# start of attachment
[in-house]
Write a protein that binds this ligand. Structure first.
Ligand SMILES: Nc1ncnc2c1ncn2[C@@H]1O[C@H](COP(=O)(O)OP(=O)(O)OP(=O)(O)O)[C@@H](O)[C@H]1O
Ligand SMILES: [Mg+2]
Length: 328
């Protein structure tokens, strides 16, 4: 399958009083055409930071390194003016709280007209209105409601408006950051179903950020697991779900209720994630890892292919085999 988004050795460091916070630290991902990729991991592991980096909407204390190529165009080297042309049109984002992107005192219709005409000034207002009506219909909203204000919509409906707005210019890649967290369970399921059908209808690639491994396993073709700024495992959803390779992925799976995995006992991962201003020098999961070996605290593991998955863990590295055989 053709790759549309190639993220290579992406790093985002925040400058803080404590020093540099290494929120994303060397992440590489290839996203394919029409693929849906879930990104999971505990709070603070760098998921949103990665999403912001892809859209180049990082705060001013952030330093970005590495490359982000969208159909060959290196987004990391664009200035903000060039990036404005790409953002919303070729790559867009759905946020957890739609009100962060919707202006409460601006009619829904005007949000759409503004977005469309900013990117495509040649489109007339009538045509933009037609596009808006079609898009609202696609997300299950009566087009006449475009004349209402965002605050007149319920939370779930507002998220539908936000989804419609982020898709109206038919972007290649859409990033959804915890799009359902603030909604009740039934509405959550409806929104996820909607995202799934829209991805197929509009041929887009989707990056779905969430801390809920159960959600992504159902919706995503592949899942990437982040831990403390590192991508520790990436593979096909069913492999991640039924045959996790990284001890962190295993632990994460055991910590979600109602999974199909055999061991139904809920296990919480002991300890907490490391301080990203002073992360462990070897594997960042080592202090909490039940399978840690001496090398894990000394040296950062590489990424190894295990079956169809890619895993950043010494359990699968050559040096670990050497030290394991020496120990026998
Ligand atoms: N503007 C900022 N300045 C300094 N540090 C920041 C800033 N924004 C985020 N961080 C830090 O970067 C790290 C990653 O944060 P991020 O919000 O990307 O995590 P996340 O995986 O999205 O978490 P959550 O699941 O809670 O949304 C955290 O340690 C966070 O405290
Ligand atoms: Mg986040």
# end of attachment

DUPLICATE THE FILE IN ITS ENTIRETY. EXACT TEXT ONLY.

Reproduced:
[in-house]
Write a protein that binds this ligand. Structure first.
Ligand SMILES: Nc1ncnc2c1ncn2[C@@H]1O[C@H](COP(=O)(O)OP(=O)(O)OP(=O)(O)O)[C@@H](O)[C@H]1O
Ligand SMILES: [Mg+2]
Length: 328
């Protein structure tokens, strides 16, 4: 399958009083055409930071390194003016709280007209209105409601408006950051179903950020697991779900209720994630890892292919085999 988004050795460091916070630290991902990729991991592991980096909407204390190529165009080297042309049109984002992107005192219709005409000034207002009506219909909203204000919509409906707005210019890649967290369970399921059908209808690639491994396993073709700024495992959803390779992925799976995995006992991962201003020098999961070996605290593991998955863990590295055989 053709790759549309190639993220290579992406790093985002925040400058803080404590020093540099290494929120994303060397992440590489290839996203394919029409693929849906879930990104999971505990709070603070760098998921949103990665999403912001892809859209180049990082705060001013952030330093970005590495490359982000969208159909060959290196987004990391664009200035903000060039990036404005790409953002919303070729790559867009759905946020957890739609009100962060919707202006409460601006009619829904005007949000759409503004977005469309900013990117495509040649489109007339009538045509933009037609596009808006079609898009609202696609997300299950009566087009006449475009004349209402965002605050007149319920939370779930507002998220539908936000989804419609982020898709109206038919972007290649859409990033959804915890799009359902603030909604009740039934509405959550409806929104996820909607995202799934829209991805197929509009041929887009989707990056779905969430801390809920159960959600992504159902919706995503592949899942990437982040831990403390590192991508520790990436593979096909069913492999991640039924045959996790990284001890962190295993632990994460055991910590979600109602999974199909055999061991139904809920296990919480002991300890907490490391301080990203002073992360462990070897594997960042080592202090909490039940399978840690001496090398894990000394040296950062590489990424190894295990079956169809890619895993950043010494359990699968050559040096670990050497030290394991020496120990026998
Ligand atoms: N503007 C900022 N300045 C300094 N540090 C920041 C800033 N924004 C985020 N961080 C830090 O970067 C790290 C990653 O944060 P991020 O919000 O990307 O995590 P996340 O995986 O999205 O978490 P959550 O699941 O809670 O949304 C955290 O340690 C966070 O405290
Ligand atoms: Mg986040």